Michel Barnier: briefed ambassadors
The UK’s Brexit deal will be approved by the 27 member states of the EU within days following a briefing of ambassadors by Brussels’ chief negotiator Michel Barnier.
Sources in Europe say there is little doubt that the 1,246-page text presents no obstacles to the deal being signed off. MEPs are expected to vote formally on the agreement in January.
The deal agreed on Christmas Eve will also be put to a vote in the House of Commons on 30 December. Despite some dissent from the SNP and hardliners in the Tory party it is expected to sail through after Labour leader Sir Keir Starmer said his party would support the government as it was better than no deal.
It will mean the UK will leave the EU’s single market and customs union on 31 December.
One European diplomat told The Guardian: “EU ambassadors unanimously endorsed a letter to the European parliament on the intention of EU member states to take a decision on the provisional application of the EU-UK agreement in the coming days.
“The letter lays out the necessity of this exceptional step in order to prevent a significant disruption in EU-UK relations with severe consequences for citizens and businesses at the end of the transition period on the 1st of January.
“The provisional application would also allow for proper and full democratic scrutiny of the draft agreement by the European parliament and the council of member states before its final ratification. This decision on the provisional application will be put to a vote in the council in the following days.”
SNP objects to fish deal
Meanwhile, SNP leader Nicola Sturgeon, has accused the UK government of breaking promises to Scotland’s fishing industry.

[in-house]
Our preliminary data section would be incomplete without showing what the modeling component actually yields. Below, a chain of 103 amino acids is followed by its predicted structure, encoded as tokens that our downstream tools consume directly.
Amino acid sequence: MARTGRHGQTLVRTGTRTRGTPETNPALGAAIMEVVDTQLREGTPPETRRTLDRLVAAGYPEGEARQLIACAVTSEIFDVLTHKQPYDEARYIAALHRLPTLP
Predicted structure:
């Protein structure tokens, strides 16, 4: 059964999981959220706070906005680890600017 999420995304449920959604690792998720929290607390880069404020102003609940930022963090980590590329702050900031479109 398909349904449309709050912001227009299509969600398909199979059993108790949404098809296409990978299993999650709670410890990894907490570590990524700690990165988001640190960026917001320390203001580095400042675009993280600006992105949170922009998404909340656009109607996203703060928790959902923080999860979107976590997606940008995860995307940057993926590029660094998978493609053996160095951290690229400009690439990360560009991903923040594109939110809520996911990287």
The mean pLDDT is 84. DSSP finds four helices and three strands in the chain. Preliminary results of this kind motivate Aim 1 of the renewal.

Ms Sturgeon said the agreement was “a bad deal for fishing”. She said it appeared that “major promises” made by the UK government on fisheries had been broken.
“The extent of these broken promises will become apparent to all very soon,” she said.
The UK government has insisted the deal will allow Scotland’s fishermen to flourish outside the EU.
Until the end of this year, the UK will be bound by the EU’s rules including the Common Fisheries Policy.
There will then be a five-and-a-half year transition period for the fishing industry.
Asked where the biggest compromises had been made, Prime Minister Boris Johnson said the UK had wanted “complete control over our fisheries from the get-go.”
Describing the final agreement as “reasonable”, he said: “The EU began with wanting a transition period of 14 years, we wanted three years.”
Scottish Secretary Alister Jack said the deal was “great news for Scotland’s businesses”.
He said it brought “huge opportunities” and “exceptional access” to the EU market and new markets around the world.
“We have an agreement on fisheries which will ensure that our fishermen, and our coastal communities, will flourish outside of the EU’s unfair Common Fisheries Policy,” he said.
“The UK will once more be a sovereign coastal state.”
He added that the deal would protect famous Scottish products such as whisky, Arbroath smokies and Orkney cheddar.
Comment: Something fishy about the SNP’s stance on Europe